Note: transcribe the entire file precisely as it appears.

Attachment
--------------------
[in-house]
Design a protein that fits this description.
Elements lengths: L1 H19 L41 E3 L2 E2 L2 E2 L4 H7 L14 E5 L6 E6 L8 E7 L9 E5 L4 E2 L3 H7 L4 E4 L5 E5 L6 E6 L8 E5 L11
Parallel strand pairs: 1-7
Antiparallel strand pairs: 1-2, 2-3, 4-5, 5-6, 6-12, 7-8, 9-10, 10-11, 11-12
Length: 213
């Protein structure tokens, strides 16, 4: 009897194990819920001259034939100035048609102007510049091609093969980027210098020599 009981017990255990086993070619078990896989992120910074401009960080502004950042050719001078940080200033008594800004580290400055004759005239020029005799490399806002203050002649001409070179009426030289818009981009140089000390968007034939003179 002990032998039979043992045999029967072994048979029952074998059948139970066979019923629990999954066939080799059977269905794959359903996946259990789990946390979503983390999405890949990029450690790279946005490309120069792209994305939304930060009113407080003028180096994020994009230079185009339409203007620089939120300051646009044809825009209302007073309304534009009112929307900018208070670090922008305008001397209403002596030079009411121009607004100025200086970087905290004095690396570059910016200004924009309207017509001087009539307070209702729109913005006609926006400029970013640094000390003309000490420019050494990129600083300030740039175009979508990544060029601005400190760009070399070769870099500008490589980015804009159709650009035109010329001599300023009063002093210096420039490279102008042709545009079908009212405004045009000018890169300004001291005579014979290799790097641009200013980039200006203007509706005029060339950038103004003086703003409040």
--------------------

[in-house]
Design a protein that fits this description.
Elements lengths: L1 H19 L41 E3 L2 E2 L2 E2 L4 H7 L14 E5 L6 E6 L8 E7 L9 E5 L4 E2 L3 H7 L4 E4 L5 E5 L6 E6 L8 E5 L11
Parallel strand pairs: 1-7
Antiparallel strand pairs: 1-2, 2-3, 4-5, 5-6, 6-12, 7-8, 9-10, 10-11, 11-12
Length: 213
């Protein structure tokens, strides 16, 4: 009897194990819920001259034939100035048609102007510049091609093969980027210098020599 009981017990255990086993070619078990896989992120910074401009960080502004950042050719001078940080200033008594800004580290400055004759005239020029005799490399806002203050002649001409070179009426030289818009981009140089000390968007034939003179 002990032998039979043992045999029967072994048979029952074998059948139970066979019923629990999954066939080799059977269905794959359903996946259990789990946390979503983390999405890949990029450690790279946005490309120069792209994305939304930060009113407080003028180096994020994009230079185009339409203007620089939120300051646009044809825009209302007073309304534009009112929307900018208070670090922008305008001397209403002596030079009411121009607004100025200086970087905290004095690396570059910016200004924009309207017509001087009539307070209702729109913005006609926006400029970013640094000390003309000490420019050494990129600083300030740039175009979508990544060029601005400190760009070399070769870099500008490589980015804009159709650009035109010329001599300023009063002093210096420039490279102008042709545009079908009212405004045009000018890169300004001291005579014979290799790097641009200013980039200006203007509706005029060339950038103004003086703003409040």